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Potential Drone Test Site Spurs Concerns In San Diego Back Country

Photo by Claire Trageser

A model of a drone at the Restore the Fourth protest, July 4, 2013.

Aired 12/4/13 on KPBS News.

San Diego County is on the federal government's list of potential test sites for drones, and while local business leaders are on board, at least one community is opposed.

Julian resident John Raifsnider believes drones have eyes, and wandering ones at that. He worries that if San Diego becomes a test site for the technology, the government might use it to spy on local citizens. He’s also troubled by potential fires if a drone crashes. And he has a slew of questions: What effect will drones hovering over the county have on wildlife? Who will regulate their use?

The Federal Aviation Administration is expected to decide this month whether to designate San Diego County as one of six test sites for unmanned aerial systems known as drones. While business groups are elated at the prospect, back country residents are raising concerns.

In Julian, activists with Back Country Voices are hosting a public meeting Wednesday evening aimed at getting answers about safety and privacy issues.

“The purpose of the meeting is to illuminate and educate the public and to let the people know they have a voice,” Raifsnider said.

Meanwhile, the San Diego Regional Economic Development Corporation views a drone test site designation for the region as a bonanza. The group says the drone industry could inject $90 billion into California’s economy over the next decade, create 18,000 jobs and generate $70 million in tax revenue.

A posting on the organization’s website in October stated that San Diego is a good fit for drone testing.

“Not only do we have one of the most diverse testing sites in the U.S., but we also have a strong private sector that would help support a testing site. Companies such as 3Drobotics, Northrop Grumman, General Atomics and 5d robotics provide a well-qualified talent pool to help the sector thrive.”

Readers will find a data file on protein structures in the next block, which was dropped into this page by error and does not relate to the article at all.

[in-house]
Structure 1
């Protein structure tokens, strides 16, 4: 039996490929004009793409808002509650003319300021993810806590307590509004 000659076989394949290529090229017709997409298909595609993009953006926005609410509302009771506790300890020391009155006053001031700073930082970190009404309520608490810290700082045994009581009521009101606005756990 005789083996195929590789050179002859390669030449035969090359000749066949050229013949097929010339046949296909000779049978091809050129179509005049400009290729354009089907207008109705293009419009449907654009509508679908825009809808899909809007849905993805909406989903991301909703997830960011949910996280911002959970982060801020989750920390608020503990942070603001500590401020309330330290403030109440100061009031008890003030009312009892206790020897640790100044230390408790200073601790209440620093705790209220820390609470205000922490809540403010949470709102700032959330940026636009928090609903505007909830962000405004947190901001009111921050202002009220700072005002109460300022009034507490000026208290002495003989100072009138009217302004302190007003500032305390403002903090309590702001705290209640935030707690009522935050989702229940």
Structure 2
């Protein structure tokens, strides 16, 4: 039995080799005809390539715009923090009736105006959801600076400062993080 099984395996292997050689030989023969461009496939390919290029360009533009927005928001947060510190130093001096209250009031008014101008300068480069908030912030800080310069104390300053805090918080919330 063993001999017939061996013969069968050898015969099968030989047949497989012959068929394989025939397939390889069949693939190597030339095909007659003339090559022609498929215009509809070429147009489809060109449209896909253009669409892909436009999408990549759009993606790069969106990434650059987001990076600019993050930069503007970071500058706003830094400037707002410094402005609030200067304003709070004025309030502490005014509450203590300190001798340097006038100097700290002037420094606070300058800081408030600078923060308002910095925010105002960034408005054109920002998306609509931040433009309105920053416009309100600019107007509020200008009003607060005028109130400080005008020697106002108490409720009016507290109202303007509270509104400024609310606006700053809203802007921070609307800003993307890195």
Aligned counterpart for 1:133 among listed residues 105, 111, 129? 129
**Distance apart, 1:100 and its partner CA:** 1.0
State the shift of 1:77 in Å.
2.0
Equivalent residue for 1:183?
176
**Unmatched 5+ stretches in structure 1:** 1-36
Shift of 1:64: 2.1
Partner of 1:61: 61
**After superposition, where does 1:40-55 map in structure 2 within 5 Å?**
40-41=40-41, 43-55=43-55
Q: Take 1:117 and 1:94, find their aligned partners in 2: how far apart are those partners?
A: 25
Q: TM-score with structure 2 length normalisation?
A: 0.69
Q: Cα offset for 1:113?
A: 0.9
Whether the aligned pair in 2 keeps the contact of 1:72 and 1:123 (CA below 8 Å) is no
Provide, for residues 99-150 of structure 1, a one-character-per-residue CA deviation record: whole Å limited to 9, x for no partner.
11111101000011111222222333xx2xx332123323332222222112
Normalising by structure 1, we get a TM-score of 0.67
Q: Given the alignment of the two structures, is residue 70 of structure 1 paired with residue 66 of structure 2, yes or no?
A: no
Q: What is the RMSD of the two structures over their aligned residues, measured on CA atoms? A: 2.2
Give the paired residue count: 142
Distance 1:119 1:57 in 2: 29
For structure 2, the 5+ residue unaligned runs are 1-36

The organization believes drone technology could be the next big thing since the Internet.

"Much like the Internet is now used for everything on the Earth, unmanned systems have a pretty wide breadth of potential uses," said Matt Sanford, manager of the San Diego Regional Economic Development Corporation. "Public safety, surveying natural disasters, power line checks, making agriculture more efficient."

The public meeting in Julian on drone testing will be held at 6:30 p.m. at the Julian Town Hall at 2129 Main St.

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Avatar for user 'JeanMarc'

JeanMarc | December 4, 2013 at 8:13 a.m. ― 3 years, 2 months ago

Camp Pendleton is huge, they can just test them up there.

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Avatar for user 'Startaster'

Startaster | December 5, 2013 at 12:43 p.m. ― 3 years, 2 months ago

What is our priority?

Consider our choice here:

1) Humanity. Nature. Beauty of life.

2) Money. Money. Money.

Case submitted for the public to decide.

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Avatar for user 'BackCountryVoices'

BackCountryVoices | December 12, 2013 at 10 p.m. ― 3 years, 2 months ago

The legislate and the Hearing Committees and opposition to it, has been repeatedly ‘postponed,’ and ‘Held under submission’ since 5/24/13.

The function of the legislative branch, namely Congress, is to pass laws; the job of the executive branch and its many agencies and administrations is to enforce those laws; and the function of the courts is to interpret and apply those mandates.

Administrative agencies often act as rule makers, rule enforcers, and, to a great degree, arbiters of conflicts that come from different entities and public opinion, if we're given our rightful opportunity to do so.

The law requires that when the 'Notice of Proposed Rule Making (NPRM)' is issued, the administrative agency must allow for public comment upon that rule. Unfortunately, in the County of San Diego this has not been then rule.

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